Majority of medicines currently in use in Finland are imported from abroad.
Imagine a situation where a plant, which a product's active substance is derived from, grows in a rainforest in Brazil. The plant is then processed for extraction in Japan and the extract inserted into soft capsules in the US, before the capsules are packaged in Germany. On the global pharmaceutical market, even the smallest of disruptions might bring the entire supply chain to a halt. When a raw material runs out, a factory faces production quality issues, a fire destroys an entire factory or its surrounding areas are affected by flooding or earthquakes, a medicinal product might become unavailable in all developed countries.
If the unforeseen shortage of a medicine is global, suppliers of other similar medicines are unlikely to have had the opportunity to adapt to the resulting increased demand. Therefore, there may also be a shortage of substitute preparations. This is the case if new products are not placed on the market or if a product that was originally affected by a shortage of supply is not re-available to pharmacies accordingly.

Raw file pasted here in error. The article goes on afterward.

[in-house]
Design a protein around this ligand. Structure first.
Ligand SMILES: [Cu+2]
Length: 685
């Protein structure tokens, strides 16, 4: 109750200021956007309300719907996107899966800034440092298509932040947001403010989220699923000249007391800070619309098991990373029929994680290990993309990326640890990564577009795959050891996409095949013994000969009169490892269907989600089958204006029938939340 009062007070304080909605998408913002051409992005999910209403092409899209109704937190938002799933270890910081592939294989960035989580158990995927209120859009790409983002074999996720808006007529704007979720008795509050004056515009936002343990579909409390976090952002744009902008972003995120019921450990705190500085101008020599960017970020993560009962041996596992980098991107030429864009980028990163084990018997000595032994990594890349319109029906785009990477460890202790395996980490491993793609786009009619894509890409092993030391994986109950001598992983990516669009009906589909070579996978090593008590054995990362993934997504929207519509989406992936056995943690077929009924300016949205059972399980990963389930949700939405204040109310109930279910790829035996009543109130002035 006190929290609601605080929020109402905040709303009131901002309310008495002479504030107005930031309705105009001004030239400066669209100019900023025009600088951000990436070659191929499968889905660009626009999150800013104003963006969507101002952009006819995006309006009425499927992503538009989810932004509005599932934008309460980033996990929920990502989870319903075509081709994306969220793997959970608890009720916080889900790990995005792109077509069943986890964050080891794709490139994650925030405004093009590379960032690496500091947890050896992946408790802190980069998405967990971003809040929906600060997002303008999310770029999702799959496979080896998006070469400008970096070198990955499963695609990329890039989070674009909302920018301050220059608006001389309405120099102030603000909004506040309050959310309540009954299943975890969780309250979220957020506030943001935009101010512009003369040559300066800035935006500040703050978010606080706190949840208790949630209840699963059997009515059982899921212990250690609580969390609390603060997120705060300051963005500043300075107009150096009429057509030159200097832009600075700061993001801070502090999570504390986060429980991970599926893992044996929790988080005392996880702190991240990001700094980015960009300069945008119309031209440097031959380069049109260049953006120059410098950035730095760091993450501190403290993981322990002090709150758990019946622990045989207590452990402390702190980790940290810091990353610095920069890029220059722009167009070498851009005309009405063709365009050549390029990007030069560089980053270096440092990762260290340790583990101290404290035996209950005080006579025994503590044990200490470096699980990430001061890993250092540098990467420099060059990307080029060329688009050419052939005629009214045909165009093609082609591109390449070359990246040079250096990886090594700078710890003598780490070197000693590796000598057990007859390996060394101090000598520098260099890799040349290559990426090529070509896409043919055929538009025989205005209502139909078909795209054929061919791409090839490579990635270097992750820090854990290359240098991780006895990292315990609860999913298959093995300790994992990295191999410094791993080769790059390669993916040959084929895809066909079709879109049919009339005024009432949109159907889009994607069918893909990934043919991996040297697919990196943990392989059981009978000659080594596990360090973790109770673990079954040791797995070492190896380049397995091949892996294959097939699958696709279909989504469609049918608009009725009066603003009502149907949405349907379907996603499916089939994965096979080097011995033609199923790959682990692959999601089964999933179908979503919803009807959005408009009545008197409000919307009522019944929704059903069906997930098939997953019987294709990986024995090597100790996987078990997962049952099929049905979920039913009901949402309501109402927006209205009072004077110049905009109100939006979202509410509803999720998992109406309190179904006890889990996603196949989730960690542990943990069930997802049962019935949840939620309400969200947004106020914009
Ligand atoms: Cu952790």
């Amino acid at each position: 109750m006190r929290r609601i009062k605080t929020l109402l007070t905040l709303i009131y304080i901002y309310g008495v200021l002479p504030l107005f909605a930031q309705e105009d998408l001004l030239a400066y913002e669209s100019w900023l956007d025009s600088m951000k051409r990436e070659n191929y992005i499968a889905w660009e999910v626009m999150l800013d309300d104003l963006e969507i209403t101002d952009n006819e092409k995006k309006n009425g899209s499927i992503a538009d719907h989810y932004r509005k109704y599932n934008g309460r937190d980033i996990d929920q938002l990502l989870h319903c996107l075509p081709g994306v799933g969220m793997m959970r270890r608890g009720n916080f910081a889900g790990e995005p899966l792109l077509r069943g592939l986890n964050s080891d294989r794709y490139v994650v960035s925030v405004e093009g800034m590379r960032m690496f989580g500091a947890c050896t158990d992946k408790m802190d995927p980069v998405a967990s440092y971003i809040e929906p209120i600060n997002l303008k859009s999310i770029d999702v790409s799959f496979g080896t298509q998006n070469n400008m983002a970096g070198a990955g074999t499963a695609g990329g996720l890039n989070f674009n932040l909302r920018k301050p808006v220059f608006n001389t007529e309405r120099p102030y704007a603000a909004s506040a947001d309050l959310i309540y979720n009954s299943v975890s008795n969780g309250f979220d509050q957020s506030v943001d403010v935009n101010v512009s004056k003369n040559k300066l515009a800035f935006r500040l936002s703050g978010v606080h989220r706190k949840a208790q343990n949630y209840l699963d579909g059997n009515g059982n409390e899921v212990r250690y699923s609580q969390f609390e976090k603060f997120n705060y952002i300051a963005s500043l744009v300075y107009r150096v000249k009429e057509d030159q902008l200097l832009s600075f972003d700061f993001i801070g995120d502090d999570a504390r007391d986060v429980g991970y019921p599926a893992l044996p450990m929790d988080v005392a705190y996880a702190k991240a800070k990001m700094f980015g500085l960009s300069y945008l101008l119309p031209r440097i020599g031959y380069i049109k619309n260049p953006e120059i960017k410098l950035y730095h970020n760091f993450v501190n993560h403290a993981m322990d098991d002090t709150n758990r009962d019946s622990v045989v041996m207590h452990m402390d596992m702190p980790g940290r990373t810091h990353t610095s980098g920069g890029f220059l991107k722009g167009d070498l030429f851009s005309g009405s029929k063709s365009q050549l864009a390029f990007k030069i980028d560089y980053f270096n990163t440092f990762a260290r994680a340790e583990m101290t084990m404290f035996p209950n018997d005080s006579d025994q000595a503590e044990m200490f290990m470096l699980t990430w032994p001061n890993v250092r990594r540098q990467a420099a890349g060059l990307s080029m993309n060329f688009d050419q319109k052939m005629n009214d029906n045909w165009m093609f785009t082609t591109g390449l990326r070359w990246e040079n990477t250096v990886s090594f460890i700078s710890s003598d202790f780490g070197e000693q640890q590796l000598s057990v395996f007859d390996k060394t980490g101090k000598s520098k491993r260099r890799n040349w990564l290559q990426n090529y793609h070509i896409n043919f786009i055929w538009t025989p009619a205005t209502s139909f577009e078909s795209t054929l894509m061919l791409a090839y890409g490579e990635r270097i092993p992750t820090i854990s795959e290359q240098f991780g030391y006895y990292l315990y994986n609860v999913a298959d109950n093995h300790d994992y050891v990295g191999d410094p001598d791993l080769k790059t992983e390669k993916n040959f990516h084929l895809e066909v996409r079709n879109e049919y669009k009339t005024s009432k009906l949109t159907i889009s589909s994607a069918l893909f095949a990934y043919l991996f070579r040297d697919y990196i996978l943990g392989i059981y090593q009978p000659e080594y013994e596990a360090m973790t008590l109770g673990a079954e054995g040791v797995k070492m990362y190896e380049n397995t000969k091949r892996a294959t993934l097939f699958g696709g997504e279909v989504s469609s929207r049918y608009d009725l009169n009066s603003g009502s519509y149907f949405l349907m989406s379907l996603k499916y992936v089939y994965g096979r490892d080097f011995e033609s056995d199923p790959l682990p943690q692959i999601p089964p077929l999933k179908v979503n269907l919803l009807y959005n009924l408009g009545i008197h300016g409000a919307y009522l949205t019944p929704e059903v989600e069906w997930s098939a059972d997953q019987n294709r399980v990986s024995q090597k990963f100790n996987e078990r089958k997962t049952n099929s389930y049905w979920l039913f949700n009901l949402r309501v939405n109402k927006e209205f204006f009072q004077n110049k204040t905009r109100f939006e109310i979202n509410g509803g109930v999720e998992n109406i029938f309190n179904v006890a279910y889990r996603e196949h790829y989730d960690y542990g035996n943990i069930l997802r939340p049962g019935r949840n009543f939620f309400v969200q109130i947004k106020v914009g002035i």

Risks to disruptions have been identified in the supply of any medicine, especially at the beginning and end of the life cycle of the medicine. In particular, products that have been on the market for a long time and no longer have competitors on the market are more susceptible to shortages of supply. In this case, the alternative to a prescription medicine is often an alternative treatment determined by a physician, and the alternative to an OTC medicine is asking for advice from a pharmacy.
If a medicinal product becomes temporarily unavailable, the pharmaceutical company must notify Fimea of this. Fimea will publish information reported by the pharmaceutical company on temporary supply shortages in its Shortage search (linkki).
Shortages that have been reported to Fimea can be found here: